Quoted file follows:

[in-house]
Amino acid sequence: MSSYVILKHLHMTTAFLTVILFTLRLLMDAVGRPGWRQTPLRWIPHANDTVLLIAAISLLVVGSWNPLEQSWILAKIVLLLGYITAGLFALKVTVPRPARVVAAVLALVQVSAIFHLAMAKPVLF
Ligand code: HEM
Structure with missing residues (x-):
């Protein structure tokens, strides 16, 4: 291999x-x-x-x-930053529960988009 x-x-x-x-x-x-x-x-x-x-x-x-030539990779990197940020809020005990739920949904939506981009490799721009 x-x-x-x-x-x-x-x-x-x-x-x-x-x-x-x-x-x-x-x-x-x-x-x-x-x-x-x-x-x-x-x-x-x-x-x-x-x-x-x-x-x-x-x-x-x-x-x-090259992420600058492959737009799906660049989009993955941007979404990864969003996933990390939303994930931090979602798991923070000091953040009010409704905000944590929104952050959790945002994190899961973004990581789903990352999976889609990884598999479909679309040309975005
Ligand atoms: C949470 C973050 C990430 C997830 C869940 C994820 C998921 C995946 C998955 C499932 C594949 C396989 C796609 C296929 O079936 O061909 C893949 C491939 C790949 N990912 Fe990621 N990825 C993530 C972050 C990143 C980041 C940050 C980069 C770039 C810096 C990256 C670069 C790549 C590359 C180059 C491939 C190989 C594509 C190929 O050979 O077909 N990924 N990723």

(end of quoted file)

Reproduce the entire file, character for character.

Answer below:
[in-house]
Amino acid sequence: MSSYVILKHLHMTTAFLTVILFTLRLLMDAVGRPGWRQTPLRWIPHANDTVLLIAAISLLVVGSWNPLEQSWILAKIVLLLGYITAGLFALKVTVPRPARVVAAVLALVQVSAIFHLAMAKPVLF
Ligand code: HEM
Structure with missing residues (x-):
């Protein structure tokens, strides 16, 4: 291999x-x-x-x-930053529960988009 x-x-x-x-x-x-x-x-x-x-x-x-030539990779990197940020809020005990739920949904939506981009490799721009 x-x-x-x-x-x-x-x-x-x-x-x-x-x-x-x-x-x-x-x-x-x-x-x-x-x-x-x-x-x-x-x-x-x-x-x-x-x-x-x-x-x-x-x-x-x-x-x-090259992420600058492959737009799906660049989009993955941007979404990864969003996933990390939303994930931090979602798991923070000091953040009010409704905000944590929104952050959790945002994190899961973004990581789903990352999976889609990884598999479909679309040309975005
Ligand atoms: C949470 C973050 C990430 C997830 C869940 C994820 C998921 C995946 C998955 C499932 C594949 C396989 C796609 C296929 O079936 O061909 C893949 C491939 C790949 N990912 Fe990621 N990825 C993530 C972050 C990143 C980041 C940050 C980069 C770039 C810096 C990256 C670069 C790549 C590359 C180059 C491939 C190989 C594509 C190929 O050979 O077909 N990924 N990723």